Creating economic equality for the Black community


What I Learned about Black History

In High School, the only civil rights leader taught to me was Martin Luther King Jr. I remember the lessons on his peaceful marches and protests to gain equality for Black Americans. This ideology impressed on me that this was the only way to achieve equality. Even if it takes 100 years, Blacks must march and protest to see a change in America. It was not until college that I learned of the other civil rights leaders and I mean learned. In college, I started to study Malcolm X, Marcus Garvey, Booker T Washington, Fredrick Douglas and others. I began to study African history, Indigenous History, European History, Caribbean History and American History. The educational system taught me what it wanted me to know; I, however, learned what interested me. Studying history helped me get the full picture of America and the other world powers.


At some point in history, the world began to emphasize the importance of gold and other natural resources. As a result, they attacked and massacred other nations, countries, and people for those resources. Money hungry Europeans jumped on ships and sailed to foreign lands in the pursuit of wealth. Enslaving, exterminating, oppressing and torturing many different cultures around the world. The remanences of these acts affect everyday life today. Cultural wars, disenfranchisement, segregation, poverty and diseases are all part of the legacy of the colonialism by the Europeans.

False Narratives

In today’s world, we are praying that some divine change will happen around the world. Blacks are hoping that Europeans and Americans will wake up and apologize for destroying our world, culture, and heritage. They will pledge their resources to the rebuilding of pillaged countries. Stopping companies from entering sovereign lands and stealing resources. They will acknowledge the generational issues that arose from slavery. Furthermore, they will recognize the brutality and racism that followed slavery. The unfortunate truth is that this will not happen.
America and the other world powers are capitalists. Hence they only respect groups with wealth and economic status. The achievements and successes of the Black community have been outstanding. America however, will not recognize our community as equals until we join the capitalist movement.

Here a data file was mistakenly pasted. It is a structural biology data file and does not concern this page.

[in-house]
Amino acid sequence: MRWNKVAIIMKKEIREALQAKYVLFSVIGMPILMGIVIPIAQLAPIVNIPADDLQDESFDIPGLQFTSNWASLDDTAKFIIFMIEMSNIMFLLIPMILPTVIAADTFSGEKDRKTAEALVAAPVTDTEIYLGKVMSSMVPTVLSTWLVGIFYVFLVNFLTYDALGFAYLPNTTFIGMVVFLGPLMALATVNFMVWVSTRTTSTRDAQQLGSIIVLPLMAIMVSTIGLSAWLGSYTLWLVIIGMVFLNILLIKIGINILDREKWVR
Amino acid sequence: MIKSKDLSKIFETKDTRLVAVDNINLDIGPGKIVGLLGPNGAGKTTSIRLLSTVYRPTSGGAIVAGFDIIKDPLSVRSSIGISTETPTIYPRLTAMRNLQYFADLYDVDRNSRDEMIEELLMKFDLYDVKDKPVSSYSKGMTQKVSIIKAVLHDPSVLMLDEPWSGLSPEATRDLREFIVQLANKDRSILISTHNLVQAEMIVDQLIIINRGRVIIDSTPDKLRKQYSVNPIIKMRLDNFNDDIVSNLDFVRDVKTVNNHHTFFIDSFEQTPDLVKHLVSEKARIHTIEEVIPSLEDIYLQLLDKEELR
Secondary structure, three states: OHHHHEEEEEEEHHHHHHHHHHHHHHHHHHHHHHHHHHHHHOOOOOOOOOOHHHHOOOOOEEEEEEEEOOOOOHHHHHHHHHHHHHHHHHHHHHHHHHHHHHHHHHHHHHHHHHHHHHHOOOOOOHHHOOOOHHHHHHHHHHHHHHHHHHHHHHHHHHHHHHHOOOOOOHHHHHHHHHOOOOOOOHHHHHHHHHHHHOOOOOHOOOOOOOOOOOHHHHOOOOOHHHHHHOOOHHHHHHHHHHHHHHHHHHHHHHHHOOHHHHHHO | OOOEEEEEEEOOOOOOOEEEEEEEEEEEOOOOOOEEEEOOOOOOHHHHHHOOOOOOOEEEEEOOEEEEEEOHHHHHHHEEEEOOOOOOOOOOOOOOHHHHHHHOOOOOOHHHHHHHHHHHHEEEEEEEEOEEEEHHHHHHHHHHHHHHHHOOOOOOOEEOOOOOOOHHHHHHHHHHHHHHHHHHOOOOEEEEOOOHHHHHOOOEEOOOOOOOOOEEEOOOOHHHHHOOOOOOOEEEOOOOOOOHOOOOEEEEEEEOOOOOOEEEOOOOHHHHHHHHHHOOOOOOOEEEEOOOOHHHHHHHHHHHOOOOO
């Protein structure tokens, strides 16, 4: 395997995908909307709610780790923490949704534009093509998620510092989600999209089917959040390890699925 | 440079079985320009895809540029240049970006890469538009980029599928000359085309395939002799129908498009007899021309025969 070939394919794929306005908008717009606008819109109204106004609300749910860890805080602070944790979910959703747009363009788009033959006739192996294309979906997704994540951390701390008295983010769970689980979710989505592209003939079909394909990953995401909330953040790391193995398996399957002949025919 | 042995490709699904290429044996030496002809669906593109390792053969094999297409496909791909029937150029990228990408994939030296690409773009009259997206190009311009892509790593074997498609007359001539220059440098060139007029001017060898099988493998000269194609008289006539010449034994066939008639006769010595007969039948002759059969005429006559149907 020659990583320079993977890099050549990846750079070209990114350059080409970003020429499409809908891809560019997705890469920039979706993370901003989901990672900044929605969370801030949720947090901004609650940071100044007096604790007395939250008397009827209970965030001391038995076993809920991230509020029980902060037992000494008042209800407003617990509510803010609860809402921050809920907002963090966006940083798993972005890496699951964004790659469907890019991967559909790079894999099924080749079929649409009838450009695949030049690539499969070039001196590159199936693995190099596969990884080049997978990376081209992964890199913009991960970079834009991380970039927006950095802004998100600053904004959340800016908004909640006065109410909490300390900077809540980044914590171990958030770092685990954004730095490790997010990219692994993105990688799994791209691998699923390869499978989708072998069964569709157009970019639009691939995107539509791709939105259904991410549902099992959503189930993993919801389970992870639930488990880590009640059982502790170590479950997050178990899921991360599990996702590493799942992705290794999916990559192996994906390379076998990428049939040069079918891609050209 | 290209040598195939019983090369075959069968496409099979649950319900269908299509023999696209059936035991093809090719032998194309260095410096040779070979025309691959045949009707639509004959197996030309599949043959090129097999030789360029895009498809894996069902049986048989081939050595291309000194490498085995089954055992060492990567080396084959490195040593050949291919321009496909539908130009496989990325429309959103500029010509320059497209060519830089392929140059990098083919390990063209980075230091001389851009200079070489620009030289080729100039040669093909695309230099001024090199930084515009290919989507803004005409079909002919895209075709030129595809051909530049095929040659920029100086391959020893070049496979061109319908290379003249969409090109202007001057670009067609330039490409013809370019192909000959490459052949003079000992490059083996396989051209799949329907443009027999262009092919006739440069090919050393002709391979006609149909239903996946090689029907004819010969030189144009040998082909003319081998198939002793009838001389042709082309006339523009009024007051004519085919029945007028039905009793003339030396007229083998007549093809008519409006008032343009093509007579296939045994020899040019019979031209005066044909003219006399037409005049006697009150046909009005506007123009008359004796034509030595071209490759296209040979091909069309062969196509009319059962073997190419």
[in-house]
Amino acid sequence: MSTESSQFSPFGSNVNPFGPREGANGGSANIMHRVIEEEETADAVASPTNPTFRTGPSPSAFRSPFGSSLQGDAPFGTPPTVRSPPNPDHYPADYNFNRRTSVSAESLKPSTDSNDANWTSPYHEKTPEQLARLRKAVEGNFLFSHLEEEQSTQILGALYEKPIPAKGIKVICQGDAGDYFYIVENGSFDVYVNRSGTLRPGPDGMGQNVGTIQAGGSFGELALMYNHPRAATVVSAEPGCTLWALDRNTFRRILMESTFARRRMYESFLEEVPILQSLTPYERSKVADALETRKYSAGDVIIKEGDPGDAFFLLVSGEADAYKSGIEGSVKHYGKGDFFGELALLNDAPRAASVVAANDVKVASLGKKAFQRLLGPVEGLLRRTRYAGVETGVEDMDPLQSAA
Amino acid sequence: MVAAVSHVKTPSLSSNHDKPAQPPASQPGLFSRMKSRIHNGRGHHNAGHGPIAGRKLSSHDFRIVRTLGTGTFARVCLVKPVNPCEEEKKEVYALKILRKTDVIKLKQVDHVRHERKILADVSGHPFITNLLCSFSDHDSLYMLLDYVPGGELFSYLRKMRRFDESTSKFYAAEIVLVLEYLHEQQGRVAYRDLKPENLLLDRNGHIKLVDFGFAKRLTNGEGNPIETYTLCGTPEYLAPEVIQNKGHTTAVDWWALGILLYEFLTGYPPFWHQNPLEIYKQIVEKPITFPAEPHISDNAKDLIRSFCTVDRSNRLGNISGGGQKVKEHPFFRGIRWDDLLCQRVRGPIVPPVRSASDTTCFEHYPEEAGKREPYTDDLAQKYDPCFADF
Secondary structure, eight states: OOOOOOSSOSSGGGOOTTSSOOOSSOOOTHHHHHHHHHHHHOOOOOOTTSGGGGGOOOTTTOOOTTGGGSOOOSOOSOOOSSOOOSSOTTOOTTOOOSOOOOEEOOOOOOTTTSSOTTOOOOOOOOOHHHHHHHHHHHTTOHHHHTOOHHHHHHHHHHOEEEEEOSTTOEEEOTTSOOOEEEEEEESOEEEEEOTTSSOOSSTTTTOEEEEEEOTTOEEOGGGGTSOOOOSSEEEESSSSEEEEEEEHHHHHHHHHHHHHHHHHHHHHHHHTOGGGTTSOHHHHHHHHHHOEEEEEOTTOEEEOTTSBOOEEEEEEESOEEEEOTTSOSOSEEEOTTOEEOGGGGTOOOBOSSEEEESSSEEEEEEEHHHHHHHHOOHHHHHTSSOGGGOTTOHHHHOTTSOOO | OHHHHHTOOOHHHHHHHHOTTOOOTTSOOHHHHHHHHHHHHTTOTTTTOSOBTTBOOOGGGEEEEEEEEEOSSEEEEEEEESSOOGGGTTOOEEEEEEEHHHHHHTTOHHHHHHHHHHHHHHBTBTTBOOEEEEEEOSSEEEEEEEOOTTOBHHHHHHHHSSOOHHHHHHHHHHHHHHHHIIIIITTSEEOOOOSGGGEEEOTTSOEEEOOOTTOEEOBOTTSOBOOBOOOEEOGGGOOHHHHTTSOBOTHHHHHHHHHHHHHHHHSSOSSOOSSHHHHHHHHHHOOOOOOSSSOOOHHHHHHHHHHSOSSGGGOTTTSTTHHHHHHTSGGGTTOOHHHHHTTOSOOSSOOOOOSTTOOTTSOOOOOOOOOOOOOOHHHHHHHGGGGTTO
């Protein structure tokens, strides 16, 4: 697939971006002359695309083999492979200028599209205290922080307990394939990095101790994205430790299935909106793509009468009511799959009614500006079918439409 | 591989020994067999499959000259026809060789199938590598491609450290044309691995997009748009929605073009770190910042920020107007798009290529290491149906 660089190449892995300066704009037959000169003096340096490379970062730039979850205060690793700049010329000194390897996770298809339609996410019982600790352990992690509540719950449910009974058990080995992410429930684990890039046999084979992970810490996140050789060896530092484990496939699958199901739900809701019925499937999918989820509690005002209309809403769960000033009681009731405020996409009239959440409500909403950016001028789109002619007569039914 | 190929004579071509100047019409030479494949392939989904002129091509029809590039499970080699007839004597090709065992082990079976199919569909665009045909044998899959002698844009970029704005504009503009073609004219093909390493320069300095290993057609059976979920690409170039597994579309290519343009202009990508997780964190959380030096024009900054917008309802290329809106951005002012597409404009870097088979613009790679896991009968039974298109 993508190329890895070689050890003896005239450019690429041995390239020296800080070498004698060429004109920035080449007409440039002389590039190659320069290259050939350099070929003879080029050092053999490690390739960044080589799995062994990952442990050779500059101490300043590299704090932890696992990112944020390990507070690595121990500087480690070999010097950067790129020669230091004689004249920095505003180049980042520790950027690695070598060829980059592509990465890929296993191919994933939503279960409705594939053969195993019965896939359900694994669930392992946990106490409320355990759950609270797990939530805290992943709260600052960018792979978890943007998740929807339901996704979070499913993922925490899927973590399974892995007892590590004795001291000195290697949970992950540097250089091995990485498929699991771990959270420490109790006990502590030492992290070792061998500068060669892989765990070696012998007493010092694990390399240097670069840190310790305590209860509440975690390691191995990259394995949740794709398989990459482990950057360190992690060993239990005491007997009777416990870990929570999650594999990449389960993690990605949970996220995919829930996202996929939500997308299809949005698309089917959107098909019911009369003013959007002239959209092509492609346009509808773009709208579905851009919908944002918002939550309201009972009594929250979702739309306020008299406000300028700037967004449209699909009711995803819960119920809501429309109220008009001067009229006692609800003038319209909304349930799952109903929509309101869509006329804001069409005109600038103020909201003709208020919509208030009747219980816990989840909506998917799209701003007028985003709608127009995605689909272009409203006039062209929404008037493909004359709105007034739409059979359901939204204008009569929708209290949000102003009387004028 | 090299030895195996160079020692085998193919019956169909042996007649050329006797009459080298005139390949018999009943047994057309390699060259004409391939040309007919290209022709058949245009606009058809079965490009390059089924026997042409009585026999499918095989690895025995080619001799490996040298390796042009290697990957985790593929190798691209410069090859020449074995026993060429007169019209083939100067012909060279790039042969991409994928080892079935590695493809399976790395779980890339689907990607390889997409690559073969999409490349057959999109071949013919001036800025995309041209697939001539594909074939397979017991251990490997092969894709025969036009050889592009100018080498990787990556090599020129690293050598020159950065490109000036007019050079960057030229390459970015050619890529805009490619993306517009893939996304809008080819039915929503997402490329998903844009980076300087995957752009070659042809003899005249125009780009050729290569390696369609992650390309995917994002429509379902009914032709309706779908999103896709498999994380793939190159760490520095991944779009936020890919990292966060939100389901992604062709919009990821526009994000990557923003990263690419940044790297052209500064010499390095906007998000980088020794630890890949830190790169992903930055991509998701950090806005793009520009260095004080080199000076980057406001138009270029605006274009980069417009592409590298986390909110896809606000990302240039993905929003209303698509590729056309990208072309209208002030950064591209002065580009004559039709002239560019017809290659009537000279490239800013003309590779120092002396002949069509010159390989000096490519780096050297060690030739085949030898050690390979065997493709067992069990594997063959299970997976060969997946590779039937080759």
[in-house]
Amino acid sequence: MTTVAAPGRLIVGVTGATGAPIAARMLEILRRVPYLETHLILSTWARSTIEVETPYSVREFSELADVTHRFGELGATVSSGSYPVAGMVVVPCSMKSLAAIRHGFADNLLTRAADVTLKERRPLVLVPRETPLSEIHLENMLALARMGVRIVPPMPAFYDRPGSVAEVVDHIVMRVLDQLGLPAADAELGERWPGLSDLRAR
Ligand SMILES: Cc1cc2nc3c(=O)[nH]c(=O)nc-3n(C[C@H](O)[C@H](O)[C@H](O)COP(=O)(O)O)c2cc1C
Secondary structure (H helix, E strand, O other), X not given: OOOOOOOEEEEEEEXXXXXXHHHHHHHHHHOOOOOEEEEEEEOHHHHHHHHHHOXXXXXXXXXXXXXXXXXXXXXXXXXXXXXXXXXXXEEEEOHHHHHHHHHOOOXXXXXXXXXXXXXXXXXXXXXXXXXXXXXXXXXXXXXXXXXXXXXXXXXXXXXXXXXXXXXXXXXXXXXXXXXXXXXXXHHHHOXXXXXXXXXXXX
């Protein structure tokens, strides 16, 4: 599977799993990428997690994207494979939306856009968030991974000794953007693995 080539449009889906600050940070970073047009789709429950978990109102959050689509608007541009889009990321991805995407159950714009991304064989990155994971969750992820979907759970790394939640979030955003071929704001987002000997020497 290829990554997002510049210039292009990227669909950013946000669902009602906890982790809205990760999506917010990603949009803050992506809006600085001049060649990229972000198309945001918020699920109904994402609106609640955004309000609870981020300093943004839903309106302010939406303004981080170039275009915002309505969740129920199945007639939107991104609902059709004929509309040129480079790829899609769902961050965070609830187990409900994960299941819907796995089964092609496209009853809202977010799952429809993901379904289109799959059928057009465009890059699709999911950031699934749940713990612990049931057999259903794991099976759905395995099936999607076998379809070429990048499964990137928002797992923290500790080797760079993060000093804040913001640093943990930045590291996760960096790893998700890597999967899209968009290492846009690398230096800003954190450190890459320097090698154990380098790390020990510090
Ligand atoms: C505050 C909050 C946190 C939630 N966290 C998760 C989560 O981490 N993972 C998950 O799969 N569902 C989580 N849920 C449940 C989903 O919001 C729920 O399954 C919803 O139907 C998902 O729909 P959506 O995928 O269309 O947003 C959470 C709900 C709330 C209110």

The Black community has many talented, educated and successful people. America, however, only speaks about the lost ones that have not found their way YET. We constantly here about the number of Blacks in jail, while the number a Blacks not in prison is much higher. Or about the number of Blacks that drop out of school, rather than the number of Blacks with great jobs, Bachelor Degrees, Master Degrees or PhDs. Also, we hear about the number of Black men not in their children’s life, less than the higher percentage that are in their children’s lives. Capitalism means that someone has to be on top. For that to happen, someone has to be on the bottom. The Black community has suffered at the hands of these false narratives for years.

Creating economic equality

Blacks built America. They toiled the fields, worked the factories ensuring the success of the cotton industry for centuries making America an economic powerhouse. It is time for us to do the same for our communities. The world is a much smaller place so Black-owned companies can do great things. The impediment to our success is financial. Therefore, we do not have access to the capital that would allow us to create businesses that can hire large amounts of people. There are, however, those in the community that possess the access to resources.
What if Micheal Jordan decided to manufacture his shoes in a Black community. Yes, his profits would not be as high, but they will still be high. The other benefit is that he would be building a job-creating business in a community that needs it. What if Oprah, Jay-Z, Tyler Perry and others opened companies in communities of color? What if athletes like LeBron James and Serena Williams added to any endorsement deals that any item bearing their names get produced in communities of color? We have to think outside the box if we want to make a real change in our community.

The Potential Impact

There are many social and economic benefits of job creation in local communities. In a presentation by Mathew Forstater of the Center for Full Employment and Price Stability at the University of Missouri- Kansas City, he showed that the creation of local jobs creates an economic and social multiplier. The economic multiplier is that the job and income growth associated with the employment translated into further increased spending and rising incomes throughout the community. The social multipliers affect the individuals, families, neighborhoods, and communities with decreased crime, drugs, and family disruption, and increased strengthened security, education, healthcare for the sick and elderly and environmental protection.

We must as a community stop looking to the government or nonprofit organizations to help the community because apparently, it is not coming. Those among us with the resources must begin to use those resources wisely and allow it to have a greater reach.